Thursday, December 16, 2010

Morning Note...


Futures are flat-to-slightly lower (-5bps) despite better-than-expected economic data, which has been offset by selected U.S. corporate earnings.  November Housing Starts were the highest in recent months, at 555k vs. the 550k expectation.  Also, Initial Jobless Claims for the week ending December 11th were lower than expected (net positive) at 420k vs. the 425k expectation.   Continuing Claims for the week ending December 4th were 4.135M vs the 4.115M expectation.  However, FedEx (FDX; -1%) missed earnings estimates and – considering its status as a global commerce litmus test – has kept a lid on U.S. futures thus far.  Food giant General Mills (GIS; -50bps) also disappointed.  Note that December Philly Fed and LEI data is due at 10am today.  Overseas, European markets are slightly lower (-30bps) on average and Asian markets were mixed overnight.  Note that Euro leaders have kicked off a two-day summit on their current sovereign debt issues – watch for headlines out of this meeting.  Oil -55bps.  Gold -65bps.  USD -15bps.  Also note recent volumes have generally been lighter than average, and U.S. equity markets seem to be inversely correlated – for the most part – to the USD.

Here’s BTIG’s O”Rourke on that same topic:

Dollar Dance Meets QE Unwind.

It was an interesting trading session today.  The Dollar dance - in which U.S. assets move in the opposite direction of the U.S. Dollar - returned.  The Euro had been mildly weaker overnight as Moody's placed Spain on negative watch for a Downgrade.  Apparently, the new review was already priced into Spanish bonds and CDS, which displayed little reaction to the news.  Likewise, the Euro recovered nearly all of its losses before U.S. trading commenced.  The Euro then weakened versus the Dollar throughout the session.  As the Dollar strengthened versus the Euro, U.S. assets began to falter.  Equities, Treasuries and Commodities all began to move lower.  The trading action had the appearance of part Dollar Dance (risk assets moving lower on a stronger Dollar) and part QE unwind (rotation out of Treasuries and Commodities).  We have been bond bears for some time, but now we believe Treasuries are due for a healthy bounce in the near term.  They have reached the point of being so oversold that the reasoning becomes circular.  If the rise in rates continues at this pace, it will become a short term headwind for Equities, and if Equities exhibit weakness, Treasuries will start attracting a flight to quality bid.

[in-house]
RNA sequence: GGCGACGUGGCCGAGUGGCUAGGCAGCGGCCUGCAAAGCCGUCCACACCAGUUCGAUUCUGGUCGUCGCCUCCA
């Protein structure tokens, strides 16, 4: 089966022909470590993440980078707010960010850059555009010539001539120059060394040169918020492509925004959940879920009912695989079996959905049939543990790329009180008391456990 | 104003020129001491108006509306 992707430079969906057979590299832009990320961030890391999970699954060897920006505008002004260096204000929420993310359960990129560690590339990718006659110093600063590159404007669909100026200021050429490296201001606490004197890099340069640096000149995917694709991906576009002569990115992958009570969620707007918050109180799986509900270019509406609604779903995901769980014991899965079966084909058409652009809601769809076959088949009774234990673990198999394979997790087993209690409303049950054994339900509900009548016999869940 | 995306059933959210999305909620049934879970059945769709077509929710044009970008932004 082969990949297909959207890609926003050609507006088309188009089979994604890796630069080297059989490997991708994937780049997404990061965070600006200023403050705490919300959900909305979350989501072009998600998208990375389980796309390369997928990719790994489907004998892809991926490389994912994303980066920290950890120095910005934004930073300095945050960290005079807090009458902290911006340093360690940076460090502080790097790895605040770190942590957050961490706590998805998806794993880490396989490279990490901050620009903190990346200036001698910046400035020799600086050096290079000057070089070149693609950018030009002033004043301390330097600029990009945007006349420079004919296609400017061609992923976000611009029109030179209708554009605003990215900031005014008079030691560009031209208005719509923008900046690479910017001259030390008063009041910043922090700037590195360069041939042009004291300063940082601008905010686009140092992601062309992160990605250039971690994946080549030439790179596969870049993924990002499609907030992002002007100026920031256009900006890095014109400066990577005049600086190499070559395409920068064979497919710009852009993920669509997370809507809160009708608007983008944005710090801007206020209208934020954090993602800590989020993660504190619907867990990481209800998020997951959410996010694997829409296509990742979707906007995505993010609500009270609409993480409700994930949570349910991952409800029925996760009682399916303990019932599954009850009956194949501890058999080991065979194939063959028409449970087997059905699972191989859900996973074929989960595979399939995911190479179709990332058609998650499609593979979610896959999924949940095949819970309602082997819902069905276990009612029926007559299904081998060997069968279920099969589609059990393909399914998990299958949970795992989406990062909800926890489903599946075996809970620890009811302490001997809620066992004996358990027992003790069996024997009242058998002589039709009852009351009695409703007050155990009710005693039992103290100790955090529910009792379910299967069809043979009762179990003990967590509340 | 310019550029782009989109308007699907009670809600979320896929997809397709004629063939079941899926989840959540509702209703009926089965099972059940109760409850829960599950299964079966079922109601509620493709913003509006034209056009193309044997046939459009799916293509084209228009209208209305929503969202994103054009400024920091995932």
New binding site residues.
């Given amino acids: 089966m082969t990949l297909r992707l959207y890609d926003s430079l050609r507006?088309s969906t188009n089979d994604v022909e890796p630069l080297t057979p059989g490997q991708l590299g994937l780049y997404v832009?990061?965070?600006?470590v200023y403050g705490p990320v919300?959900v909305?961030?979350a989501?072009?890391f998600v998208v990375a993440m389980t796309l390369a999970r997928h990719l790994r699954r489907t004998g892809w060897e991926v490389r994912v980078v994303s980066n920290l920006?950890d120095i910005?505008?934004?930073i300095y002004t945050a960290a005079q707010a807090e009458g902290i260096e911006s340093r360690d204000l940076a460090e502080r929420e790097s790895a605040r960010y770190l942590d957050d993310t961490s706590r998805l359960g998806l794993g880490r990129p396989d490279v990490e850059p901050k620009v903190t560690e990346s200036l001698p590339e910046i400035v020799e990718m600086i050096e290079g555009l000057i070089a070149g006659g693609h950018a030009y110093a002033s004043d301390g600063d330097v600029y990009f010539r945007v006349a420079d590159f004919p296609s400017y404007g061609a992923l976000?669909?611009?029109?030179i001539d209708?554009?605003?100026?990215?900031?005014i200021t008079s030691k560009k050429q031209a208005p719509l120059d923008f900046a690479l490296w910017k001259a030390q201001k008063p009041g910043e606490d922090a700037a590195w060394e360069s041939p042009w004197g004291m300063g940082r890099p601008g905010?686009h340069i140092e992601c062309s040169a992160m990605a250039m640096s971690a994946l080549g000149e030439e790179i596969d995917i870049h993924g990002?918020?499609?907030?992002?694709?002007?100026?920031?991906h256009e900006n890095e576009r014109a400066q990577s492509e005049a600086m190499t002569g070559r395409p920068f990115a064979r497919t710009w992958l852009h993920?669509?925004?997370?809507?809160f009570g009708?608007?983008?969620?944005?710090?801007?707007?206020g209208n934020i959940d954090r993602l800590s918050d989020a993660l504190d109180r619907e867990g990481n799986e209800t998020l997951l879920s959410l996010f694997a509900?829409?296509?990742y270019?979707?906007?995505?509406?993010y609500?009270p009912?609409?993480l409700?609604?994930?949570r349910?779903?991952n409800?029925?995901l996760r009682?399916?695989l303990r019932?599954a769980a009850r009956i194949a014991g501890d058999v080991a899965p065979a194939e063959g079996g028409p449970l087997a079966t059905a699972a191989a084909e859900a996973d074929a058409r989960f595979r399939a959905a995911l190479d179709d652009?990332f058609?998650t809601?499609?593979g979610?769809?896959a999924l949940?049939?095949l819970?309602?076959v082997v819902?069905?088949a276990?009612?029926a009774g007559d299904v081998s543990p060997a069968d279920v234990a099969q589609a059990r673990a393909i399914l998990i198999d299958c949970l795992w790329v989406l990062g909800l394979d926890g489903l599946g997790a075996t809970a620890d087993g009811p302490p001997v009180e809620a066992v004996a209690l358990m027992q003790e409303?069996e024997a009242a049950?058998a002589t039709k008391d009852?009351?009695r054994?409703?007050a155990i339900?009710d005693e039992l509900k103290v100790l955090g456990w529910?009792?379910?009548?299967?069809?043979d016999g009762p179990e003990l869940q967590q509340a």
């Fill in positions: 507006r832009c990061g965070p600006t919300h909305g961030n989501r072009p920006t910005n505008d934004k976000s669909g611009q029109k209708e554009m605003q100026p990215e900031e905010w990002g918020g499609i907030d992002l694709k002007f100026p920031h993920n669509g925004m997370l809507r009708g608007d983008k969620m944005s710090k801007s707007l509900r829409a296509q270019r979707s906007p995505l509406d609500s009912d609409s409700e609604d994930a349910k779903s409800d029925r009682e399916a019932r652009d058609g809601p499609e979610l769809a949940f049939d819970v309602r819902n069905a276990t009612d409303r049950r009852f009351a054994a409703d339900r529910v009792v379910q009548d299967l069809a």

In light of the Treasury market rout that has occurred over the past two months, now is a good time to revisit the Fed Model.  The Fed Model is intended to track the relative valuation gap between the S&P 500 and Treasuries.  From the 1960's through 2000, the S&P 500 Earnings Yield and the 10 Year Treasury Yield tended to trend together.  When the relationship was out of line, it was an opportunity.  In the past decade of low interest rates and multiple contraction, the relationship has broken down and Equities pervasively appeared cheap.  Although the relationship has broken down over time, it does not mean there is not value in making comparisons to the recent history during the crisis as well as the past decade when Equities "appeared" inexpensive relative to bonds.  The S&P 500's trailing earnings yield is 6.44%, making it still 83% higher than the 10 Year Treasury yield.  The higher the premium, the more attractive Equities are than Treasuries.  Today's level is still notably higher than the 20-30% premium the earnings yield had most of the decade when Equities appeared cheap.  It is also well above the 20% premium with which the earnings yield started 2010.  Simply stated, Treasury yields have been artificially low and S&P earnings had a historic recovery.  We also use a BTIG Fed Model that uses a VIX adjustment to create a higher threshold that Equities must surpass to be attractive.  By that measure as well, Equities remain very attractive relative to bonds. Although the S&P 500 is higher than it started the year, it remains notably more attractive than Treasuries.  This is the reason we view a continued run-up in interest rates as only a short-term headwind for now.